Squash bugs seem to be everywhere this year. They suck plant juices out with their straw-like mouths, which can cause wilts and leaf death that resembles drought stress and a variety of diseases. A close inspection of plants with dying leaves can usually reveal if squash bugs are the problem. Their eggs are bronze-colored footballs arranged in geometric patterns. Their nymphs look like large gray aphids, and they are fast. Adults are larger, but are harder to find.

Caterpillars in sweet corn have eased up in some areas without a major change in spray schedules. This could be because of field corn silking. If you want to know exactly which worms are in the ears, MSU entomologist Christina Difonzo made this nice tip sheet to help in identifying late-season caterpillars feeding in the ear, like European corn borer, western bean cutworm and corn earworm.

Flea beetles are in high numbers in heading and leafy brassicas right now on some farms. On a visit on Monday, one broccoli field appeared to be under heavy attack, while the Lacinato and Siberian kale, cauliflower and cabbage nearby where just fine.

Tip burn in cauliflower is showing up right now, likely as a result of environmental stress. This is a calcium deficiency caused by uneven water availability. I also received a report of internal blossom end rot in Roma tomatoes earlier this month. It is well-known that Romas get blossom end rot more often than other varieties, but it is a bit of a mystery as to why blossom end rot sometimes only shows up on the inside of the fruit. Both forms of blossom end rot are caused by calcium deficiency from uneven water availability.

Yellowing leaves
Yellowing leaves neatly along this row of cantaloupes are signs of an environmental condition and less likely a disease or insect. Photo by Ben Phillips, MSU Extension.

Yellow leaves and dieback symptoms in vine crops are showing up right now. There can be many reasons for this. Closely inspect plants along their leaves, stems and root crowns for signs of squash bugs and cucumber beetles. Diseases that can cause these symptoms include Fusarium, Plectosporium and Didymella, but they will also cause stem signs. Fusarium will cause the tissue just under the surface of the stem to turn brown. Plectosporium will cause the stems to have diamond-shaped lesions with a dark wet border that can merge to form large scabby sections of vine. Didymella can cause soft brown lesions on stems that can turn scabby and reddish droplets of plant sap.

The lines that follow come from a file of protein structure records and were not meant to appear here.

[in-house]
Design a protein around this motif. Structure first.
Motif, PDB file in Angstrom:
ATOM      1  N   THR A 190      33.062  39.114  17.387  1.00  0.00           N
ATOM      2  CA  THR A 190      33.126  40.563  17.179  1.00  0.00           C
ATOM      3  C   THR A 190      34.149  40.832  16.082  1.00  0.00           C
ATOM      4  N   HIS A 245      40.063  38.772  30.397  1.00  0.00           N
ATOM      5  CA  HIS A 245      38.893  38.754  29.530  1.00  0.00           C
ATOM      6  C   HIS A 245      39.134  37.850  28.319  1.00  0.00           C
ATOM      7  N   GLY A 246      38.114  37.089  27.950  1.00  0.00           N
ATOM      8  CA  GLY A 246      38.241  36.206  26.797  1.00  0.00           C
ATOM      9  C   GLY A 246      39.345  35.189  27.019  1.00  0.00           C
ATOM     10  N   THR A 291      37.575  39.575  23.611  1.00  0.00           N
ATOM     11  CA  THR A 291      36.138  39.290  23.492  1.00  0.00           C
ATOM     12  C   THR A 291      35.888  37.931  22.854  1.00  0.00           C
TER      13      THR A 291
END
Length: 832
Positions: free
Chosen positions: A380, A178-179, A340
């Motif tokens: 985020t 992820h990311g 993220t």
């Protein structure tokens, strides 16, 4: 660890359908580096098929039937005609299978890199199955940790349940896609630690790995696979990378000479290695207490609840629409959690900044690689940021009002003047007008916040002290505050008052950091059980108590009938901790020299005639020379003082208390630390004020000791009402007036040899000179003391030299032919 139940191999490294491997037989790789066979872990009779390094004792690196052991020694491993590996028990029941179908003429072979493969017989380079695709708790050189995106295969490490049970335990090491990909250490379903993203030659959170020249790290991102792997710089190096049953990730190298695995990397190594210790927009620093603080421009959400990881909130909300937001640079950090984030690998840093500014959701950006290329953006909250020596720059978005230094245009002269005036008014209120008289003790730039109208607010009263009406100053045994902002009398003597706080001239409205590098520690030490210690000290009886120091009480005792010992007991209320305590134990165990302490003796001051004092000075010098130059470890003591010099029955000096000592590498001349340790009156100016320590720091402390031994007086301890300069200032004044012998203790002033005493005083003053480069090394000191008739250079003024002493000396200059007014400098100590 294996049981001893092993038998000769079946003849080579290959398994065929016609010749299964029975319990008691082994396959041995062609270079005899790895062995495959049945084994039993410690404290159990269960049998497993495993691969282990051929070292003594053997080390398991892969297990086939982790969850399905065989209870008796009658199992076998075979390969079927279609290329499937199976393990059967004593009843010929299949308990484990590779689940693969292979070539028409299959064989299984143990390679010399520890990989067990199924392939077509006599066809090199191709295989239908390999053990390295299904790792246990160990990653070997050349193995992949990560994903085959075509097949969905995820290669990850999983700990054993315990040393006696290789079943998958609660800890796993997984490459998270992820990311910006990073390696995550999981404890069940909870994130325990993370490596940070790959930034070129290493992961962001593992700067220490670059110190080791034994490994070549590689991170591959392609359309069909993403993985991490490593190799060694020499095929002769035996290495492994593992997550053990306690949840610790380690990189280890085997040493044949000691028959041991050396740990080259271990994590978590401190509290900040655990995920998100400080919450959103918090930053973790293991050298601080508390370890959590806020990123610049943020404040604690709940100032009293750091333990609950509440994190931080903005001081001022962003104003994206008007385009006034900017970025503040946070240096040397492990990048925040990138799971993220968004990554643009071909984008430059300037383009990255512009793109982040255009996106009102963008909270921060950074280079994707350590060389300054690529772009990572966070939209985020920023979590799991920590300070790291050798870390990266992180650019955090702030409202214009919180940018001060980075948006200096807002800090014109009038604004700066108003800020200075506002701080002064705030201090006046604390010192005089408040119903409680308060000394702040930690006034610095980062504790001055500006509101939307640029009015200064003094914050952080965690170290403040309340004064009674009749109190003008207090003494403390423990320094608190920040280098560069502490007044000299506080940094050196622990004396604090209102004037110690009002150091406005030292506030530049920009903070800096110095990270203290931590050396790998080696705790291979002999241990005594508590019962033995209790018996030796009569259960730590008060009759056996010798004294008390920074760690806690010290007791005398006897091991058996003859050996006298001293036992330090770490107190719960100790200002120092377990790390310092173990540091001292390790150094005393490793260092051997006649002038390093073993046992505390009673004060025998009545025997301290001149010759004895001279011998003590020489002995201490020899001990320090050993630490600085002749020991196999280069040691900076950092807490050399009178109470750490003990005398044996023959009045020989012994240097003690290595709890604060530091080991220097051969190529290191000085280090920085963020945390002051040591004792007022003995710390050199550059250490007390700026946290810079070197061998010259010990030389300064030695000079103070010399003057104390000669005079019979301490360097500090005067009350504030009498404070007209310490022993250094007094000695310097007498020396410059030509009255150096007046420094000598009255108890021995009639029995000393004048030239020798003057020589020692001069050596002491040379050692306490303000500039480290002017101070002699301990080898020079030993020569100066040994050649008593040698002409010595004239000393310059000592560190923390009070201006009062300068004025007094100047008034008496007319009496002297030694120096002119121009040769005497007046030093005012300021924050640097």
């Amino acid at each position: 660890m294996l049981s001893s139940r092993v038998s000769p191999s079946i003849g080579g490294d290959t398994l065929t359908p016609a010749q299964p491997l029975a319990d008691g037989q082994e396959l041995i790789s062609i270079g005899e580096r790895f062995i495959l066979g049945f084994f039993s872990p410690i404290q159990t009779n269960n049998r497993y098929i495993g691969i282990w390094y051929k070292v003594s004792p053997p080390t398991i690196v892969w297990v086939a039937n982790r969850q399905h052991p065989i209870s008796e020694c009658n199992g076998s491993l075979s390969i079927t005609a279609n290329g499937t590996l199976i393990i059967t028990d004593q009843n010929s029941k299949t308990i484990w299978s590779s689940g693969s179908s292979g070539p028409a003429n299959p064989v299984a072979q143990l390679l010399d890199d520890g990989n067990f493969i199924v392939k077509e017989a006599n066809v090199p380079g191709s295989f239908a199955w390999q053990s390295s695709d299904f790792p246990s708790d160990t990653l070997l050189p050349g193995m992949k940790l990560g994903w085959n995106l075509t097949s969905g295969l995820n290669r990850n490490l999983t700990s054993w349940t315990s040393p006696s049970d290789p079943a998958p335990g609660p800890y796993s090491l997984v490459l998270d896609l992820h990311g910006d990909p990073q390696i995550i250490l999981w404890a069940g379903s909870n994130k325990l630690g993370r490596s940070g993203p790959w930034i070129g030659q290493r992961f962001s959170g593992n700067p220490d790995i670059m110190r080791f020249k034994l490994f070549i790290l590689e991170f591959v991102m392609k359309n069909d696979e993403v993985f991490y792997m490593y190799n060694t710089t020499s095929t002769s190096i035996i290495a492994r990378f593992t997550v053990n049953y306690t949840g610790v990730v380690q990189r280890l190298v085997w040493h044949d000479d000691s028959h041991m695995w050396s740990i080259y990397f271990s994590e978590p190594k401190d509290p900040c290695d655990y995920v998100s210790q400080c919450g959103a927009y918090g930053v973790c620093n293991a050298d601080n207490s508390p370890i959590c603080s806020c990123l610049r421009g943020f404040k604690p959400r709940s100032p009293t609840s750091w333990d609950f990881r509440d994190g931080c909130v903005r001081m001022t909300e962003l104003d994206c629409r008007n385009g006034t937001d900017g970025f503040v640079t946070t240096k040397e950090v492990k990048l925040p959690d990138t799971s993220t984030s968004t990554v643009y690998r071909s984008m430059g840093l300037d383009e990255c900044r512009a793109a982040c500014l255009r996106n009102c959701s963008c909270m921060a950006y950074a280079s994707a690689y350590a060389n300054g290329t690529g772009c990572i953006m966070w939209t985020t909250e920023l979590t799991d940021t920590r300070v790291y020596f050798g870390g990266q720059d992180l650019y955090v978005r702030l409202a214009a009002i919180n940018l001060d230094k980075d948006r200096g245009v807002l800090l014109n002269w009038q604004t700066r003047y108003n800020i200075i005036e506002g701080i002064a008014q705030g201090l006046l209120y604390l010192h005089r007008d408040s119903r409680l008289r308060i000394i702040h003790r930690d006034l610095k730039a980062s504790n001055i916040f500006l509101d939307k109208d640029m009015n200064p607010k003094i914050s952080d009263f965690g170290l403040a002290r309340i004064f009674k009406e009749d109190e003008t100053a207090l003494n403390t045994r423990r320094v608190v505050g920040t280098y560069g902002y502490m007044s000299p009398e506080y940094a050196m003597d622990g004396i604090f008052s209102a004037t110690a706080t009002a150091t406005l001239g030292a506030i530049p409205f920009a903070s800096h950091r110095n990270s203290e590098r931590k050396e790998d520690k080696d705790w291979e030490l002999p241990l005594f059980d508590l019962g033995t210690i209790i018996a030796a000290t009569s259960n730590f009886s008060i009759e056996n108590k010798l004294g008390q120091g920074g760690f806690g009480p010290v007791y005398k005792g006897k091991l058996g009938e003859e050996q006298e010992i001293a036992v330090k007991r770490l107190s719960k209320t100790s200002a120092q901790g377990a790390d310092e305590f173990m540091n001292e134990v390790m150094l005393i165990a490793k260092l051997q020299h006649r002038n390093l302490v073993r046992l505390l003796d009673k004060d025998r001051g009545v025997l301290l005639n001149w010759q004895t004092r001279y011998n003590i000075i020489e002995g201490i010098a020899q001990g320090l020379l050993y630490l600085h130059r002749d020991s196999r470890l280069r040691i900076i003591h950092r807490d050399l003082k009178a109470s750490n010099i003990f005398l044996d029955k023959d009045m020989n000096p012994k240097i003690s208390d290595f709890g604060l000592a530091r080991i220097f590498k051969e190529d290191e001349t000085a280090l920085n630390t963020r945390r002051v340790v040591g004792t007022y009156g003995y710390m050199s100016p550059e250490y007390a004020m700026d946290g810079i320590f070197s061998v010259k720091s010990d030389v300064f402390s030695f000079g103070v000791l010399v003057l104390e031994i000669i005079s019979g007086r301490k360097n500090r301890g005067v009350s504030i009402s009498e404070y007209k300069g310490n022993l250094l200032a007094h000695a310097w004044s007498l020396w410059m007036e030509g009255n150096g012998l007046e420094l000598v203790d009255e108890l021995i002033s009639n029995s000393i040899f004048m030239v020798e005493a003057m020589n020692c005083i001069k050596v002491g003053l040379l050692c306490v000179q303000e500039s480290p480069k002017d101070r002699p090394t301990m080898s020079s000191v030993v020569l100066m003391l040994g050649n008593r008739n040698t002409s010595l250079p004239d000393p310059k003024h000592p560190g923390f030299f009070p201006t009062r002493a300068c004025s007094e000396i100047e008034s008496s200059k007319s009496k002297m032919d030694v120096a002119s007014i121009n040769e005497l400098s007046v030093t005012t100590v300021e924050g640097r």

If you can look down the row and see a pattern to the leaf stress: (all in the oldest leaves, on a hilltop or sandy area, for example), then you are likely looking at a stressful environmental condition causing the wilting and leaf dieback. Many root systems were compromised this spring with crops mudded in, and I have seen both cantaloupe and pumpkin fields in the last week showing this pattern of stress. I have also seen pumpkin plants showing these symptoms because they already had a full load of orange-ripe fruit on them. These plants are simply dying because their job is done.

Early ripening pumpkins can be cured and stored until more favorable marketing times, if you have the space. An ideal space is covered and well-ventilated at 75-85 F for two weeks. Field curing in piles or rows in the field for two to three weeks is not as ideal because of rain potentially causing or spreading disease and sun burn on the fruits. It would be a shame to waste these early fruit when so many other growers are sweating bullets hoping their delayed plantings will yield.

Get togethers

It is never too early to make accommodations to attend the Great Lakes Fruit, Vegetable and Greenhouse Growers EXPO, Dec. 10-12 in Grand Rapids, Michigan. Hotel blocks are open and tend to go fast. The combination of grower-focused, research-backed presentations and an exhibit hall featuring a diverse set of vendors make it a can’t-miss event.

Produce Safety Alliance Grower trainings are scheduled for this fall and winter. Pre-registration is required. View the dates, locations and register online.

Please contact me at phill406@msu.edu or 616-901-7513 with questions, concerns, or to schedule a farm visit. You can also send plant materials to MSU Diagnostic Services.